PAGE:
Stephen Pannell was head red winemaker at Hardy’s before he, like colleague Larry Cherubino whose debut release of The Yard is noted below, went solo. His parents and brother run Picardy in Pemberton, Western Australia, source of a wine of the week back in 2003. Pannell is now resident in Adelaide, although he took his young family off to Vajra in Barolo for the 2004 harvest, and to judge from my conversations with wine producers on my last two trips to Australia, he seems to be consultant to just about everyone.
He is developing his own label however, starting with McLaren Vale reds of unusual grace. His S C Pannell Shiraz/Grenache 2004 McLaren Vale is delicious now: broad, sweet, flattering and mouthfilling but with its own intrinsic excitement and energy too. It retails for just under £20 in the UK chez such stockists as Noel Young and Wimbledon Wine Cellar. The more expensive S C Pannell Shiraz 2004 McLaren Vale at £26 is still very youthful and tough. Shut it away for five years, I would.
But this full bodied S C Pannell Grenache Rosé 2004 McLaren Vale is just the job for reminding those of us who have forgotten what summer is like that there is another hemisphere where the sun shines so brightly that Grenache grapes can be ripened to produce just such a refreshing yet super-ripe wine as this. This is a pink wine with character, and clearly demonstrates what so many French vignerons know, that Grenache can make great rosé. It is big and fat and and pretty sweet – but unlike the Mitolo pink 2006 Sangiovese reviewed here yesterday, another Liberty Wines import, it has a really tangy core of crackling juicy fruit, as opposed to the aromas of winemaking. As an aperitif this wine should bring a smile to your face. As a wine for food, I think it should be pretty versatile, happily partnering anything from adventurous salads, through Thai dishes to spaghetti with clams.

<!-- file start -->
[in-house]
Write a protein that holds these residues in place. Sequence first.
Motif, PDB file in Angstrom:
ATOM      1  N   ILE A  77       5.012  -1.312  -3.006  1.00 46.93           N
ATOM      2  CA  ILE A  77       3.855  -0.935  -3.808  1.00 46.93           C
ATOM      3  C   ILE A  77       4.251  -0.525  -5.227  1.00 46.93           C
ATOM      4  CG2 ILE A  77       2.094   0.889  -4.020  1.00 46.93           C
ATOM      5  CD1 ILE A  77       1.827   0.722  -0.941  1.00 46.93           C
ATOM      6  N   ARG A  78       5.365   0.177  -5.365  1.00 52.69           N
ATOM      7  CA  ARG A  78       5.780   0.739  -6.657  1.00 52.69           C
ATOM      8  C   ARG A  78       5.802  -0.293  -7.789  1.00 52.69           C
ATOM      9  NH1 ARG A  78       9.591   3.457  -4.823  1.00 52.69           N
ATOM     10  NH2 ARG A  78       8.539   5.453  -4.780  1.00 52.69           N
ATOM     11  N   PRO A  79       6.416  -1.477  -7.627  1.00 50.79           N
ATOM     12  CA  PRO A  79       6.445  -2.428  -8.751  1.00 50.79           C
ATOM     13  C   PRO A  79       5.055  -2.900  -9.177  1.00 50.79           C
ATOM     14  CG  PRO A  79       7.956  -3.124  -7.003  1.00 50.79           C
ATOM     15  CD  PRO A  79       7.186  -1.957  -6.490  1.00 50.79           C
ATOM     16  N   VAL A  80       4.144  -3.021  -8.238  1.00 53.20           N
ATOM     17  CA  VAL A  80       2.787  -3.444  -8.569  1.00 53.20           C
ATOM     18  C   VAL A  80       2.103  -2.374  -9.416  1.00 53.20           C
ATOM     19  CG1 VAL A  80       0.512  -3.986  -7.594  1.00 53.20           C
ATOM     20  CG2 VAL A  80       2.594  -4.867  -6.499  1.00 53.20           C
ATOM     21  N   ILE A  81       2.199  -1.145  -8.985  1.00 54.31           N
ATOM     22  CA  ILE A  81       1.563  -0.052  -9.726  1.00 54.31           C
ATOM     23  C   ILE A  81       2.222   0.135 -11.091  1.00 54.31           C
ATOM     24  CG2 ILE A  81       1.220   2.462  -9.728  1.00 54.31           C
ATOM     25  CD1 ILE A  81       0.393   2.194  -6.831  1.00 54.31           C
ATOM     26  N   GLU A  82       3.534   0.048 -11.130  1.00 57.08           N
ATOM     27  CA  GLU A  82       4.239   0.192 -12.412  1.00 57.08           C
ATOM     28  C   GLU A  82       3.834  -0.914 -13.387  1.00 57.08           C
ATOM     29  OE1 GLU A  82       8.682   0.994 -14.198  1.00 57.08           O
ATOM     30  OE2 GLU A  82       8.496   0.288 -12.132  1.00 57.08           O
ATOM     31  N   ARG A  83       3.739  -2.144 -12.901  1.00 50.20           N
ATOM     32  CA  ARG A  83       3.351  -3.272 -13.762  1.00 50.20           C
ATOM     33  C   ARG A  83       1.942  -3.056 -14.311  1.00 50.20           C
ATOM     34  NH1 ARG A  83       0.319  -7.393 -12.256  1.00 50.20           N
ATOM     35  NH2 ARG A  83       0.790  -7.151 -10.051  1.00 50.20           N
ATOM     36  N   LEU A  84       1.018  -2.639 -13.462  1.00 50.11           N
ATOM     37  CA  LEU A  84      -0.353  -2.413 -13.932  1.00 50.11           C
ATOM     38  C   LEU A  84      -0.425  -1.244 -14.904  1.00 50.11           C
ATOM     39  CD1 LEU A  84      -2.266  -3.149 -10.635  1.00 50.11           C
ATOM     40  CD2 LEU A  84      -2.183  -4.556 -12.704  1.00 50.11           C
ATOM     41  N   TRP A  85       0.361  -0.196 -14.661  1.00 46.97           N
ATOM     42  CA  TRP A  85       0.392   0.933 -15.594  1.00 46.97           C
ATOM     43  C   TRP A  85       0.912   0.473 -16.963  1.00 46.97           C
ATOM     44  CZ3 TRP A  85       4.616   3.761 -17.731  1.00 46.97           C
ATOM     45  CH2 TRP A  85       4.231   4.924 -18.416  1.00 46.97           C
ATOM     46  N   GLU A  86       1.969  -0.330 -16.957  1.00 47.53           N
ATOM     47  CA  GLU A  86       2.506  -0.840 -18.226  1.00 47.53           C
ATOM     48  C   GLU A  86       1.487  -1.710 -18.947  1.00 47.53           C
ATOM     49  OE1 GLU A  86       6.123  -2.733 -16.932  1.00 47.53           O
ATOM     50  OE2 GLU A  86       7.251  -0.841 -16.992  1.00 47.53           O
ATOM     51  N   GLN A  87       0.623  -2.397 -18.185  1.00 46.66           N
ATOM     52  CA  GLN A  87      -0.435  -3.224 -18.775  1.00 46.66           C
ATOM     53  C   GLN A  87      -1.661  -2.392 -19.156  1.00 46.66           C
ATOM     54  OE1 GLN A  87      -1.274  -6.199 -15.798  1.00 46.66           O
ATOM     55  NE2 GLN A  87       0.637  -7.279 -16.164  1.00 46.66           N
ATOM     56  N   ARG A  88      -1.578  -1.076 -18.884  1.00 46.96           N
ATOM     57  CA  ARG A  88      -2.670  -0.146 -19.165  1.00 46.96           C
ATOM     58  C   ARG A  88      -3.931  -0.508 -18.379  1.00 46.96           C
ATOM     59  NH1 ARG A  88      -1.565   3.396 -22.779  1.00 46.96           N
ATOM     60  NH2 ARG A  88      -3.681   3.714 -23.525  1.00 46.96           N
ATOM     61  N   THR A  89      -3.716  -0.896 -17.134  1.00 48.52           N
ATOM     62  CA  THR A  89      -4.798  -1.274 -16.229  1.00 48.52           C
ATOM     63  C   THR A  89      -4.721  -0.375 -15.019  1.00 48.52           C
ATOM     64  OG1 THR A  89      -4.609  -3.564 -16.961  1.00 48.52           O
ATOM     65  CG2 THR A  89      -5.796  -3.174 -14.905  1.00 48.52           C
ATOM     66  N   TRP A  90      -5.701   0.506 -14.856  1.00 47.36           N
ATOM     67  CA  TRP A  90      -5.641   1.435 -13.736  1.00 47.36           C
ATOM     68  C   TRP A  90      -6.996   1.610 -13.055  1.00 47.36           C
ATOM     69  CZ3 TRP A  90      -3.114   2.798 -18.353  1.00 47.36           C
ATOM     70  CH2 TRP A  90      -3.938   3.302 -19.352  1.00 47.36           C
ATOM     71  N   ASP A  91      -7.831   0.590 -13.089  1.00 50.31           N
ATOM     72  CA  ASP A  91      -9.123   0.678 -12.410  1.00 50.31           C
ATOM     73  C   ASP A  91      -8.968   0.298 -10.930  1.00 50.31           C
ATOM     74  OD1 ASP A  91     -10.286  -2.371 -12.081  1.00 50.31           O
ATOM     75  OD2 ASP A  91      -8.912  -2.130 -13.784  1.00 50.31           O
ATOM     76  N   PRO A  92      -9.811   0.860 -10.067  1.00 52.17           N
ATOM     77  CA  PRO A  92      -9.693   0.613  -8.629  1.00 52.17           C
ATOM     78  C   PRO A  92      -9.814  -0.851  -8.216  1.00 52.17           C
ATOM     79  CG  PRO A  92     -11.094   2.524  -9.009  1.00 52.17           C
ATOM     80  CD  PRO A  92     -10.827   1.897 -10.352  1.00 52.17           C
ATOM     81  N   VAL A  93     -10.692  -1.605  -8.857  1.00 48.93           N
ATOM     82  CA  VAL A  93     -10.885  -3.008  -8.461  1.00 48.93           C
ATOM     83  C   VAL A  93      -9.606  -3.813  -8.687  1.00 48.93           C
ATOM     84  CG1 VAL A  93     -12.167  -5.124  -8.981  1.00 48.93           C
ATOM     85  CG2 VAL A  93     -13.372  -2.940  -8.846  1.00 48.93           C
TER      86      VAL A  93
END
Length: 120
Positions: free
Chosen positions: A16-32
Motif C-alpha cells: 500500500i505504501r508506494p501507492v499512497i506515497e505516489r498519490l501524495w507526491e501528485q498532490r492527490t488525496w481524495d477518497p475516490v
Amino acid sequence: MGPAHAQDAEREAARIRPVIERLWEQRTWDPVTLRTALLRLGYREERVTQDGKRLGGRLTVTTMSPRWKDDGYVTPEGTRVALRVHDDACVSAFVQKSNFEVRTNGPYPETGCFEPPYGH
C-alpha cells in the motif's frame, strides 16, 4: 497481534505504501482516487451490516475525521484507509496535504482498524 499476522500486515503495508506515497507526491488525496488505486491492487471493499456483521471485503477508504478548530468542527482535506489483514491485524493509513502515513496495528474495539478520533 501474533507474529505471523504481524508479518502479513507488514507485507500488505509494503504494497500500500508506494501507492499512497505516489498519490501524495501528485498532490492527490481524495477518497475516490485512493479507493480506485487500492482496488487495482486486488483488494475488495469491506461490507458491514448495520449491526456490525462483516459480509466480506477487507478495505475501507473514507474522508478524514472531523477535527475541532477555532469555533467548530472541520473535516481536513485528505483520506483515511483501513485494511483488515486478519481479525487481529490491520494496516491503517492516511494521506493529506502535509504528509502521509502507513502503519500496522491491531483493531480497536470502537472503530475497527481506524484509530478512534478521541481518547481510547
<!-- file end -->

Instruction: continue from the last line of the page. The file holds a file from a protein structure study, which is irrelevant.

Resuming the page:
In the UK its suggested retail price is £8.99 per bottle but Andrew Chapman Fine Wines (www.surf4wine.co.uk) is offering it at £7.64 at present. Other stockists include Wimbledon Wine Cellar and Nickolls & Perks are offering it by the case at a decent price. For once it’s rather heartening to see an Australian wine that seems to cost less outside Australia than in.
As for Larry Cherubino’s debut The Yard, Powderbank Vineyard 2005 Frankland River, I found this Western Australian very lively and fresh - lightyears from South Australia’s heft. Dry rather than sweet with zesty tannins, it could easily be overlooked as at the moment it’s no charmer with its bone dry finish but it has refreshment in spades. It’s a claret of a Shiraz, though not as luscious as many of his past wines which display what John Edwards of Starvedog/Ravenswood/The Lane in Adelaide Hills calls Cherubino’s trademark ‘slithery boy’ texture. I suspect it needs time for the tannins were a little rasping when I tasted it last November. It’s imported into the UK by Novum Wines.